သမၼတ အိုဘားမား ျမန္မာျပည္ ခရီးစဥ္ မွာ သတင္း သမား မ်ားအား အျကမ္းဖက္ သတ္ျဖတ္ေနမွုကို အဓိကထား ထည့္သြင္းေျပာျကား သြားမည္ ။ cr. Maha Mingyi
Myanmar authorities said on Tuesday that they would take legal action against a newspaper for an interview describing the words of the president as “absurd and insane”, amid mounting international concern over backtracking on press freedoms.
The Myanmar Herald Journal, renowned for its criticism of the government and ministers in the former junta-run country, was accused of having “tarnished the image and rights” of President Thein Sein, according to a statement from the information ministry published in state-backed media.
The decision to sue the paper, which authorities said followed a process of mediation by the interim press council, comes as media freedoms fall under the spotlight before a visit by US President Barack Obama next week.
His visit is likely to highlight concerns over journalist arrests and the death in army custody of a freelance reporter late last month.
According to the information ministry, the Myanmar Herald Journal ran an interview in which the subject described the president’s words as “gibberish, irrational, cheap and inconsistent… completely nonsensical, absurd and insane”.
The body of a journalist killed by Myanmar’s military will be exhumed Wednesday amid calls for an independent autopsy from his widow, who disagrees with the army’s explanation that he was shot trying to escape.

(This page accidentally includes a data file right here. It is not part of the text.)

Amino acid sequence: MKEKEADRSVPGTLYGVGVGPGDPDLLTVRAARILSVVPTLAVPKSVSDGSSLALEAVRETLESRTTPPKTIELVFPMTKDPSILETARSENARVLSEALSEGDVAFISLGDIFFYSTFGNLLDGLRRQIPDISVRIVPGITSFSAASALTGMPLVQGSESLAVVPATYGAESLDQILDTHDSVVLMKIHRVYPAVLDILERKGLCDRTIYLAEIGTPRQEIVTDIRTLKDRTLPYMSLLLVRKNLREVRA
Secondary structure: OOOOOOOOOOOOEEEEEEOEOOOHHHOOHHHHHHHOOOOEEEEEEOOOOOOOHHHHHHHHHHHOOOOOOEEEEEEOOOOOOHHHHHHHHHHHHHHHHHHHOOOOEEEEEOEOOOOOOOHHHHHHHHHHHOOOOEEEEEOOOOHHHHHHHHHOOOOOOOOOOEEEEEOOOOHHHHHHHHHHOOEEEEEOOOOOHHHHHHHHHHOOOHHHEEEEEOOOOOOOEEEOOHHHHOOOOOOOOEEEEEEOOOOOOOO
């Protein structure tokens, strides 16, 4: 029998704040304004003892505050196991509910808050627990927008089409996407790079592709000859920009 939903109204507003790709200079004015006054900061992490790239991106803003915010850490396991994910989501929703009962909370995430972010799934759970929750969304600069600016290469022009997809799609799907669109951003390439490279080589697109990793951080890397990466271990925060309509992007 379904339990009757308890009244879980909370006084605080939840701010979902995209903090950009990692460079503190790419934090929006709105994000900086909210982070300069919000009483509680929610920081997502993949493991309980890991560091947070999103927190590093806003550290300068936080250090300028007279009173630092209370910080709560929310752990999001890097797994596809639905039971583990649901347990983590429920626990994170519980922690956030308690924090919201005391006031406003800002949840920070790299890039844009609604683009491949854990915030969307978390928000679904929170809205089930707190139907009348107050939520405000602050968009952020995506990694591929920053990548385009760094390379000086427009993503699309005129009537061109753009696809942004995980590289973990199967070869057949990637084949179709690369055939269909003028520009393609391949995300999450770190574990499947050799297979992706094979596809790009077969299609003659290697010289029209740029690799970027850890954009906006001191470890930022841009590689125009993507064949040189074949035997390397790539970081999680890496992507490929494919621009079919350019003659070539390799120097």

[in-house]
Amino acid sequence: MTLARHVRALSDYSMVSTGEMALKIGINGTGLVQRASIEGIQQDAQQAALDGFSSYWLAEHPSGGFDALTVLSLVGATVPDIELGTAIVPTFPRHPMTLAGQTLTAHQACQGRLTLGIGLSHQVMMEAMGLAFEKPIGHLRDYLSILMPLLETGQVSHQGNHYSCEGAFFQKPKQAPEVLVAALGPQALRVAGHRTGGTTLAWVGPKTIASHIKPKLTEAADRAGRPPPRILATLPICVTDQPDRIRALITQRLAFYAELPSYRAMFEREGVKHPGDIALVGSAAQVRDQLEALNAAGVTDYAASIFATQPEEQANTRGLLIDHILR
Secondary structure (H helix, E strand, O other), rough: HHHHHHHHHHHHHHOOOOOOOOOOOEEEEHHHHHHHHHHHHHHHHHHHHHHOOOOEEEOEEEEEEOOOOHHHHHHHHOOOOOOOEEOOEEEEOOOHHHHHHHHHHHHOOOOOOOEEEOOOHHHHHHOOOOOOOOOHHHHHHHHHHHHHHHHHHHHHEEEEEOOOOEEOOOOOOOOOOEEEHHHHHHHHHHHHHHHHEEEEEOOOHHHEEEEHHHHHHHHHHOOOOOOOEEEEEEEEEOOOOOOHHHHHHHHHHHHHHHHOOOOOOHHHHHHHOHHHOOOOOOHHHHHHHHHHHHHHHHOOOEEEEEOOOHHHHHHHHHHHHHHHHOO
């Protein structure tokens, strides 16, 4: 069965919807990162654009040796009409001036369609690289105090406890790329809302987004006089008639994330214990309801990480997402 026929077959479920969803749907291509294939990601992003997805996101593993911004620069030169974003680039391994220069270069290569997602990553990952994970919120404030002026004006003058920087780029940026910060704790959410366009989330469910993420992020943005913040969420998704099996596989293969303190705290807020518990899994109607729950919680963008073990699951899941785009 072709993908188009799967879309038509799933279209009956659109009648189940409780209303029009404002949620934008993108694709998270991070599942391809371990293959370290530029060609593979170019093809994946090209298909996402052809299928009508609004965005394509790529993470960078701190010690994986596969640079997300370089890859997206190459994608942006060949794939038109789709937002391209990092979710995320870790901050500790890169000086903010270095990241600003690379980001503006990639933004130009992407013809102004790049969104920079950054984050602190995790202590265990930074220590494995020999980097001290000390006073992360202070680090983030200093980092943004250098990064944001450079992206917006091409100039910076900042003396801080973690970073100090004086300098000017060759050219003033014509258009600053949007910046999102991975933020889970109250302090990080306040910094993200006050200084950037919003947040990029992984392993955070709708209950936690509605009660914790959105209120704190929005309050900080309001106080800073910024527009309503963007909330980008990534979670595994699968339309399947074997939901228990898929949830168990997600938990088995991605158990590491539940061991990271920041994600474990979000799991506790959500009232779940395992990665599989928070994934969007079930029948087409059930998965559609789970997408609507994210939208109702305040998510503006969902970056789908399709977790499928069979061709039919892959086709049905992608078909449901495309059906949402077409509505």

“I never believed the military,” Than Dar told The anadolu-agency by telephone as she travelled by bus to her husband’s grave in southeastern Mon State.
She has said she believes her husband — who the military has accused of working for Karen rebels — died while being tortured.
Officials from the police and military have said they will witness Wednesday’s exhumation, as well as members of the government-appointed human rights council in charge of the inquiry.
The freelance photographer and reporter was working for several local newspapers when he was detained Sept. 30 while covering an outbreak of fighting between government troops and ethnic Karen rebels.
The military says he was shot Oct. 4 after trying to steal a gun and escape, with authorities hastily burying his body before Than Dar learned of his death.
They only announced the killing weeks later in an emailed statement to Myanmar’s press council.
President Thein Sein has since announced an investigation into the killing after coming under pressure from the United States for a “transparent” inquiry. Myanmar’s stalling reform process is under the spotlight ahead of a visit by U.S. President Barack Obama for a regional summit in just over a week.
POSTED BY Goshal Lay